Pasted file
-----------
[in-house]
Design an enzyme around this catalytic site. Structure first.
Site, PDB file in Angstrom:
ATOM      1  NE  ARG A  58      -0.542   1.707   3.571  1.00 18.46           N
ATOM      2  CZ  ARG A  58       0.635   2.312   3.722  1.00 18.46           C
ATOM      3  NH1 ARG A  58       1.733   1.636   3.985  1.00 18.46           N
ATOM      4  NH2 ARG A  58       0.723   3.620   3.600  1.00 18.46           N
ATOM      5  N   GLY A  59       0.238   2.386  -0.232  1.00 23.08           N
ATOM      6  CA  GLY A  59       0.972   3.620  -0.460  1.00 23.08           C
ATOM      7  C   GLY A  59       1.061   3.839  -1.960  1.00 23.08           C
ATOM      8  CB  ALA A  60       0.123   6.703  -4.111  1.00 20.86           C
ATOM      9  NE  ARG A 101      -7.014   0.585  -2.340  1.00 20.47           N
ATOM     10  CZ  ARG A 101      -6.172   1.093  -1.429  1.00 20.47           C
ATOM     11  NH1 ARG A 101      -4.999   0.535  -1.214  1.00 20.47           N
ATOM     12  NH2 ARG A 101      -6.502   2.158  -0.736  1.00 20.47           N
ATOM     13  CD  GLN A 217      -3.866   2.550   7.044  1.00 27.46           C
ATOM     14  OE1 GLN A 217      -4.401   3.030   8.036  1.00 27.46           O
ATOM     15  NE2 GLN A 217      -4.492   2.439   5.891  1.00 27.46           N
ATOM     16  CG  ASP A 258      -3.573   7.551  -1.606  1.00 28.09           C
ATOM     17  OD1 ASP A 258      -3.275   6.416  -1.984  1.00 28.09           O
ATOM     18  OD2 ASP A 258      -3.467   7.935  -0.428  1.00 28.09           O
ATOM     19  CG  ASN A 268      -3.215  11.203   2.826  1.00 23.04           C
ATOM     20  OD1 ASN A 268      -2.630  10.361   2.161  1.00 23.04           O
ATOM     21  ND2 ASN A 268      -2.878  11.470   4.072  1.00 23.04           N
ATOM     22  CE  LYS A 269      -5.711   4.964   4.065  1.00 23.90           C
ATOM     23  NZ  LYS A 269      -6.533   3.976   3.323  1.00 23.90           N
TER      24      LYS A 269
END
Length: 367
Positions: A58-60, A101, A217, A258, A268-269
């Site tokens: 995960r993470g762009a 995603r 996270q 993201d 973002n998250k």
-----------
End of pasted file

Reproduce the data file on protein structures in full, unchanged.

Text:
[in-house]
Design an enzyme around this catalytic site. Structure first.
Site, PDB file in Angstrom:
ATOM      1  NE  ARG A  58      -0.542   1.707   3.571  1.00 18.46           N
ATOM      2  CZ  ARG A  58       0.635   2.312   3.722  1.00 18.46           C
ATOM      3  NH1 ARG A  58       1.733   1.636   3.985  1.00 18.46           N
ATOM      4  NH2 ARG A  58       0.723   3.620   3.600  1.00 18.46           N
ATOM      5  N   GLY A  59       0.238   2.386  -0.232  1.00 23.08           N
ATOM      6  CA  GLY A  59       0.972   3.620  -0.460  1.00 23.08           C
ATOM      7  C   GLY A  59       1.061   3.839  -1.960  1.00 23.08           C
ATOM      8  CB  ALA A  60       0.123   6.703  -4.111  1.00 20.86           C
ATOM      9  NE  ARG A 101      -7.014   0.585  -2.340  1.00 20.47           N
ATOM     10  CZ  ARG A 101      -6.172   1.093  -1.429  1.00 20.47           C
ATOM     11  NH1 ARG A 101      -4.999   0.535  -1.214  1.00 20.47           N
ATOM     12  NH2 ARG A 101      -6.502   2.158  -0.736  1.00 20.47           N
ATOM     13  CD  GLN A 217      -3.866   2.550   7.044  1.00 27.46           C
ATOM     14  OE1 GLN A 217      -4.401   3.030   8.036  1.00 27.46           O
ATOM     15  NE2 GLN A 217      -4.492   2.439   5.891  1.00 27.46           N
ATOM     16  CG  ASP A 258      -3.573   7.551  -1.606  1.00 28.09           C
ATOM     17  OD1 ASP A 258      -3.275   6.416  -1.984  1.00 28.09           O
ATOM     18  OD2 ASP A 258      -3.467   7.935  -0.428  1.00 28.09           O
ATOM     19  CG  ASN A 268      -3.215  11.203   2.826  1.00 23.04           C
ATOM     20  OD1 ASN A 268      -2.630  10.361   2.161  1.00 23.04           O
ATOM     21  ND2 ASN A 268      -2.878  11.470   4.072  1.00 23.04           N
ATOM     22  CE  LYS A 269      -5.711   4.964   4.065  1.00 23.90           C
ATOM     23  NZ  LYS A 269      -6.533   3.976   3.323  1.00 23.90           N
TER      24      LYS A 269
END
Length: 367
Positions: A58-60, A101, A217, A258, A268-269
């Site tokens: 995960r993470g762009a 995603r 996270q 993201d 973002n998250k």